You sound much older and incredibly sensible in your approach to understand where you are. I am sure if you explain that alcohol put you in a bad place they will understand and even if they do not you are absolutely doing the right thing for you and this is more important in the long run. I found it quite hard at first going to parties and would be sarcastic…oh..I will have another orange juice n passion fruit and really enjoy myself! I had convinced myself that I could only dance after a lot of alcohol and that it made me confident. I now still go to parties and just don’t drink. Sometimes I can have half a glass of wine (one and I am on the floor!) and that half glass has to be a very good red because I am fussy now but I now don’t need it and most people do not notice that I am not drinking. But you are right in that the attraction to go out and live the Vida loca has gone quite a bit and quieter times are better and more enjoyable.

I think it is normal when in depression not to be able to read but I am hoping this will change and I do dip in and out of books I have read and read a page or two but then that’s it. I miss it.

Great to talk with you and relate to what you said about worrying about getting up in the morning and fore me being horrible and panicking and getting cross because you cant get to sleep and then you definitely cant sleep because you are cross and not relaxed etc etc etc I don’t do that much these days..not working much and I am trying not too worry much generally. What I find is that I not only worry about my own stuff (and there’s been enough of that) I also worry about my friends problems and seem to feel things deeply..again..I need to find out what bit of it are me and what bits of it are common in bp sufferers. I have got some homework to do.

Your Doctor sounds pretty switched on. It would have been so easy for him to just throw sleeping tablets at you. I have heard of the Mindfulness and keep meaning to look at it for myself but haven’t yet..I suppose I didn’t think it would help with sleep but of course it would as it is largely about being calm isn’t it?

Thanks for that


Hi Ella and welcome.

J-lol mentions Mindfulness and says it's a bit like meditation and that's because it's a meditation technique! I've been doing it for a couple of years and was introduced to it by my consultant who also practises. You can find all you need to know (including how to get CDs, books etc.) at www.bangor.ac.uk/mindfulness. That's were my material came from.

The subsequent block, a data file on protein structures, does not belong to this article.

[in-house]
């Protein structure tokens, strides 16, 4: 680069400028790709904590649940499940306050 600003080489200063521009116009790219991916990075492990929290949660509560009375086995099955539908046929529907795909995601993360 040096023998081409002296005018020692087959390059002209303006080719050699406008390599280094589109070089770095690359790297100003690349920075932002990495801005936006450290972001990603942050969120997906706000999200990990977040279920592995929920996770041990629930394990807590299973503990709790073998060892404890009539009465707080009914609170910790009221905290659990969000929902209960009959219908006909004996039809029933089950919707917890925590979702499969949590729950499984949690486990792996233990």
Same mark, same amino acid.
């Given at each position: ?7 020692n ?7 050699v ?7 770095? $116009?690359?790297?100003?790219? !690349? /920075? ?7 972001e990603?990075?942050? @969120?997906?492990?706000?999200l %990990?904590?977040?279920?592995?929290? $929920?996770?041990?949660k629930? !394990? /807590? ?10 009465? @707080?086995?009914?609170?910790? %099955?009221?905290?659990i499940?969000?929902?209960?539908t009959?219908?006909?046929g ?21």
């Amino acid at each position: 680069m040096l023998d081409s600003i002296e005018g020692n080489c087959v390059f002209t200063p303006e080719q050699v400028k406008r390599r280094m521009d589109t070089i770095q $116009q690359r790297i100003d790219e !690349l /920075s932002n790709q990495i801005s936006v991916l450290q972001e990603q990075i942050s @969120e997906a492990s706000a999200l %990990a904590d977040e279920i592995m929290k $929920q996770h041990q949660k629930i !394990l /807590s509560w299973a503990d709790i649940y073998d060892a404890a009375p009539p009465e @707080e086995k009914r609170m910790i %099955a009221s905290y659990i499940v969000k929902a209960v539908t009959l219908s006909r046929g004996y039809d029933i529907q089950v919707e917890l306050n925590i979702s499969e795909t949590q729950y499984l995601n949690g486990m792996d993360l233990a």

Bipolar II is also called Hypomania so maybe you will find something if you search for that. It's Bipolar I without psychosis or any other the other extreme extremities. Nontheless it is still devastating. My godmother has it and she seems less treatable that I am and I have quite a severe case of Bipolar I.

Just read your last line. Mindfulness is about living in the moment, about not living in any other time but the present. Make plans but don't project outcomes, have memories but don't live in the past. It's amazing the knock on effect it has on your life. And it's not a relaxation technique though that can be a very pleasant side effect.


Well-known member
Founding Member
May 31, 2008
You are right, I am damn lucky to have found the doctor I see, he has quite literally saved my life. I have never had a formal diagnosis as the NHS were not interested and my current doctor (who I see privately) does not see it as important as long as I am getting better. He did say that I fit the bill for Bipolar although my highs are not as extreme as for many bi-polar people.

Thanks for the book ideas, a good book my Doc gave me was 'the worry cure' by Robert. L. Leahy. Fab book and very helpful. Interesting what you say about worry, I too am guilty of worrying more about other peoples stuff and have been working on some behavioural experiments to fix this, early days on that but it's interesting stuff.

In terms of mindfulness, give it a go. The best thing to do is to practice it every day so as when you need it it just comes naturally. The way I started was to sit for 5 minutes every day in a comfortable place at home and do something like eat an apple or suck on a malteser, paying attention to every little thing about it such as the the smell, sound, texture etc. if your mind wanders notice what has distracted you and bring yourself back to the present. The most important thing I learned was to not judge myself for being distracted or for what distracted me. Then I started to work it into other things like doing the washing up, putting on make-up etc. It really calms down that helicopter!


Well-known member
Founding Member
May 31, 2008
Hi Ella,

How have you been sleeping these last few days?